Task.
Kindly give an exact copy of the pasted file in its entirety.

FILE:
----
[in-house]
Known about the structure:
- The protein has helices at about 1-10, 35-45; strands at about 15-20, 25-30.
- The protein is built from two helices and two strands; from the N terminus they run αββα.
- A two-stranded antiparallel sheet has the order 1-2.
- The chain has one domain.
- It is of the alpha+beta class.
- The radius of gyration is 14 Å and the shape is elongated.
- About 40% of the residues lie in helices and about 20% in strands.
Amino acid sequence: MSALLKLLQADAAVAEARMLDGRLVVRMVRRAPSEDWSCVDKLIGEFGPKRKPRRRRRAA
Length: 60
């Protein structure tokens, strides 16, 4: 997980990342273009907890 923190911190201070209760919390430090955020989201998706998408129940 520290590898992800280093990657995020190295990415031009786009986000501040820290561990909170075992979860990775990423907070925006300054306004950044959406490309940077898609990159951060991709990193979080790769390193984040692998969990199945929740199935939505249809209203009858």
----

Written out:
[in-house]
Known about the structure:
- The protein has helices at about 1-10, 35-45; strands at about 15-20, 25-30.
- The protein is built from two helices and two strands; from the N terminus they run αββα.
- A two-stranded antiparallel sheet has the order 1-2.
- The chain has one domain.
- It is of the alpha+beta class.
- The radius of gyration is 14 Å and the shape is elongated.
- About 40% of the residues lie in helices and about 20% in strands.
Amino acid sequence: MSALLKLLQADAAVAEARMLDGRLVVRMVRRAPSEDWSCVDKLIGEFGPKRKPRRRRRAA
Length: 60
């Protein structure tokens, strides 16, 4: 997980990342273009907890 923190911190201070209760919390430090955020989201998706998408129940 520290590898992800280093990657995020190295990415031009786009986000501040820290561990909170075992979860990775990423907070925006300054306004950044959406490309940077898609990159951060991709990193979080790769390193984040692998969990199945929740199935939505249809209203009858």